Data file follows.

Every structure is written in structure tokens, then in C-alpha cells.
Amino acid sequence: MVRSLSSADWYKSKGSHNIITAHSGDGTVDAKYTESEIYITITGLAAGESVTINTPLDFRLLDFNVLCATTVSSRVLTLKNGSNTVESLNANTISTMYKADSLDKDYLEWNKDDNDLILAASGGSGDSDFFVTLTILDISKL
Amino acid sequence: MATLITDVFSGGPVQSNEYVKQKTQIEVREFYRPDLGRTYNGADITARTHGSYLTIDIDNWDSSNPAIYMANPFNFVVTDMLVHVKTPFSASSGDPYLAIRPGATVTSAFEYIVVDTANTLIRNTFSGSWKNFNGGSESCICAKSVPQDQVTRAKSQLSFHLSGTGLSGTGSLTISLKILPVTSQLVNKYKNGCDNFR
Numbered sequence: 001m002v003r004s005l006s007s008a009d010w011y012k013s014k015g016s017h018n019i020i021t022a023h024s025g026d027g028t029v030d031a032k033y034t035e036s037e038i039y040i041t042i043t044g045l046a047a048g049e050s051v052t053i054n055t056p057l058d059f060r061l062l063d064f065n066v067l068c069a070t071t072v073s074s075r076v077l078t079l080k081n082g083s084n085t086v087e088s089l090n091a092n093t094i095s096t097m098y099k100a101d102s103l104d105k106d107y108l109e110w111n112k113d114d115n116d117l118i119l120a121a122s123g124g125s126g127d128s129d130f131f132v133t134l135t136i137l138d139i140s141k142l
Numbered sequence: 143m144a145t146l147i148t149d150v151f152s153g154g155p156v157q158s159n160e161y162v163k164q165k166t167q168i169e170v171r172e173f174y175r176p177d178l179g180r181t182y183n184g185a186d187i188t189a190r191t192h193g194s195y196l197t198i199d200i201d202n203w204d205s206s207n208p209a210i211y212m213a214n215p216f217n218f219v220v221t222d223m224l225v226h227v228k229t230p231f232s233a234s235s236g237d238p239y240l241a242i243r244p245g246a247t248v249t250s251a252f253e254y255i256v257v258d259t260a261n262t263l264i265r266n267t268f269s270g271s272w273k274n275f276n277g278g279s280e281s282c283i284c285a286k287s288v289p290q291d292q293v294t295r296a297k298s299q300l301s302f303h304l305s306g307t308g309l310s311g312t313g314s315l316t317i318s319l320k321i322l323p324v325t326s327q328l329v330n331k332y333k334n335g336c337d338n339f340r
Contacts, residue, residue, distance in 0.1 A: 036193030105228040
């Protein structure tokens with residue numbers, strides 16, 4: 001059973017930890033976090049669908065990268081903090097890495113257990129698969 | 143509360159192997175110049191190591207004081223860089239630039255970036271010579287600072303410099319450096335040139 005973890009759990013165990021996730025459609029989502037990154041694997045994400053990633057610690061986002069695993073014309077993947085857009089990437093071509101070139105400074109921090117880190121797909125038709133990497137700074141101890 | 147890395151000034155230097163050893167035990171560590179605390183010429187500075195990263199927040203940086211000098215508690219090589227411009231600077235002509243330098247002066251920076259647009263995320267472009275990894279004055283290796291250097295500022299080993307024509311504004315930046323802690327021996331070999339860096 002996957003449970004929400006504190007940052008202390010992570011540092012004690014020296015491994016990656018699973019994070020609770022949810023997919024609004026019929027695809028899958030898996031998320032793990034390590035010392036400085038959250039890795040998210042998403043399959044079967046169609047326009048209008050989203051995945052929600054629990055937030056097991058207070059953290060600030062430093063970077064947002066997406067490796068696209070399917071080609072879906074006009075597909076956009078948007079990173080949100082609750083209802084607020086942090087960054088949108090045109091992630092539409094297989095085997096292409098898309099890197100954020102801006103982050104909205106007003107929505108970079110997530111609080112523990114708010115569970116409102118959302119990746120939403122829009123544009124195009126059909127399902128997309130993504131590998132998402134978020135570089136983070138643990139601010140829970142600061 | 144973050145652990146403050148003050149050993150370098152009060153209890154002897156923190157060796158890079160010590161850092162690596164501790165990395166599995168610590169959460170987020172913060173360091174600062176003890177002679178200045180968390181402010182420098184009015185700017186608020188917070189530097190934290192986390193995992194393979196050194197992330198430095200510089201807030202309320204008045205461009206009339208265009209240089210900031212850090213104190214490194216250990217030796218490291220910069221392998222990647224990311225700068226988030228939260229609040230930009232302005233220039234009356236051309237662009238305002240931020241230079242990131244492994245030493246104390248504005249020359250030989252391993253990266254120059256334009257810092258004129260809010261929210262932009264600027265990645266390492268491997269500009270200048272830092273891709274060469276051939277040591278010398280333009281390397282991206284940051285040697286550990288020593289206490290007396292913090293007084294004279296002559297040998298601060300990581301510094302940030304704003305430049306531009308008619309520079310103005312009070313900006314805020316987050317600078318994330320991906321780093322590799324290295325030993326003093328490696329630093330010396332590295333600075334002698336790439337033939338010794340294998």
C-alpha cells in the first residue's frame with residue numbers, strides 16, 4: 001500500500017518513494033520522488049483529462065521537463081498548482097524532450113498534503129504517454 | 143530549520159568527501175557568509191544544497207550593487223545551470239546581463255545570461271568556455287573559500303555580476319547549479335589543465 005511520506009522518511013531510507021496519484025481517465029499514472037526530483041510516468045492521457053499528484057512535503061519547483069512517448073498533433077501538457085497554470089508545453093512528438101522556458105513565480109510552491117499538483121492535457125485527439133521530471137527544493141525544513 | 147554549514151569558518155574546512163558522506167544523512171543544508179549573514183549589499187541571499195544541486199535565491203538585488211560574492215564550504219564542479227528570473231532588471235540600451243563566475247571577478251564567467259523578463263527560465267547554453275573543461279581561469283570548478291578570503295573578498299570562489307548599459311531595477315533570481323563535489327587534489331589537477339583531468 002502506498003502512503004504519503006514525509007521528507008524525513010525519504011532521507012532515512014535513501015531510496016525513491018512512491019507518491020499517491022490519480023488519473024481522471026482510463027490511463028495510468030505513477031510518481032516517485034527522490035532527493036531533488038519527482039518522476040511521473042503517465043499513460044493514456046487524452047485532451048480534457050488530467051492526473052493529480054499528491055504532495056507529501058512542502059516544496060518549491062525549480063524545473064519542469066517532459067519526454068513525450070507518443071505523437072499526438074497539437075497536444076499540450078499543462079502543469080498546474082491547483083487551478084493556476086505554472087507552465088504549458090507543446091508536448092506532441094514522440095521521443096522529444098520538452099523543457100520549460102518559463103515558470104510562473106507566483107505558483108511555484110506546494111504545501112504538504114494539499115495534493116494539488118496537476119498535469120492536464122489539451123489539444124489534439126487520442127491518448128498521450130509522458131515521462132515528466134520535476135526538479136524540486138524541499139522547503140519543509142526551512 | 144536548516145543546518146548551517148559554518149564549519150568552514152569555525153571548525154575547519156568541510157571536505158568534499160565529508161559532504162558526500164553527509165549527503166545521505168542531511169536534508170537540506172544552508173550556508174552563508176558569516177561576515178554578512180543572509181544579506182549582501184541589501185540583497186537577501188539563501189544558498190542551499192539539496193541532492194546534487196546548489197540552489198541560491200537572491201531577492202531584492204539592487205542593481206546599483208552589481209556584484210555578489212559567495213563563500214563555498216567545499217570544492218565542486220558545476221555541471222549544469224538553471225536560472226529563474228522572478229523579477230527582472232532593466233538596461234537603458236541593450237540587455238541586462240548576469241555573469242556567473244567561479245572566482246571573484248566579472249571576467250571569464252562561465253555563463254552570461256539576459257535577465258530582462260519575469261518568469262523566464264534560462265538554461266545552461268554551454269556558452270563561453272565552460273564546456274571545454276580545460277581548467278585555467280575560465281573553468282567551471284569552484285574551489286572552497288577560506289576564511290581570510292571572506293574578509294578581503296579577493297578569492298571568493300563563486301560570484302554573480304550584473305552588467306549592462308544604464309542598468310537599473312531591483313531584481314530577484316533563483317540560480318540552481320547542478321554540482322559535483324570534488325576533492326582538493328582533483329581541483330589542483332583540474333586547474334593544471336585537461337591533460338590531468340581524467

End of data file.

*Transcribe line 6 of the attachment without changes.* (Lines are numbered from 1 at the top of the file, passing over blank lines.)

Contacts, residue, residue, distance in 0.1 A: 036193030105228040